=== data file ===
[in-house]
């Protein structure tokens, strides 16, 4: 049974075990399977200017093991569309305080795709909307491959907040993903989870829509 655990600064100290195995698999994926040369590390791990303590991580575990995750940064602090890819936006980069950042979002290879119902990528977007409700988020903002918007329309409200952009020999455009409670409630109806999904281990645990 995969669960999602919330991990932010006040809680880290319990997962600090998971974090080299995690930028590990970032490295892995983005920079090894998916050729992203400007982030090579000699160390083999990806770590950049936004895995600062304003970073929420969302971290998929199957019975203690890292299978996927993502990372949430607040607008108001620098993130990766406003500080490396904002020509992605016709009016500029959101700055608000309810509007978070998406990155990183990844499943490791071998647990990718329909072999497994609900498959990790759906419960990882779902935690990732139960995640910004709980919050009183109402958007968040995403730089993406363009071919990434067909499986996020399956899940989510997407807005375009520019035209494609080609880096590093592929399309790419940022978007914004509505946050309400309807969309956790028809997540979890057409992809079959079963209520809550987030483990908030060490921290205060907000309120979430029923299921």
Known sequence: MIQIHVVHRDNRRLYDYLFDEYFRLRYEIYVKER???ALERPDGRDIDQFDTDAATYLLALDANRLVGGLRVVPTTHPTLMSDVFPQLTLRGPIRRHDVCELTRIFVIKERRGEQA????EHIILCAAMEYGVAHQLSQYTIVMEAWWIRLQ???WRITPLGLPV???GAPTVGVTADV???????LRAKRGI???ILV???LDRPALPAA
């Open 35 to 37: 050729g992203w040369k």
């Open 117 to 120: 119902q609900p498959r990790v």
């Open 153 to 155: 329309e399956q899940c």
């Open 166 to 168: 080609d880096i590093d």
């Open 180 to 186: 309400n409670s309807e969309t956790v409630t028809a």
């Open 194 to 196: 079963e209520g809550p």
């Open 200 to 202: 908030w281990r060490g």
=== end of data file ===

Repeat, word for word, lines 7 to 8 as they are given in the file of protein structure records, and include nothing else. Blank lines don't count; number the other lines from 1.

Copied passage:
């Open 166 to 168: 080609d880096i590093d």
């Open 180 to 186: 309400n409670s309807e969309t956790v409630t028809a």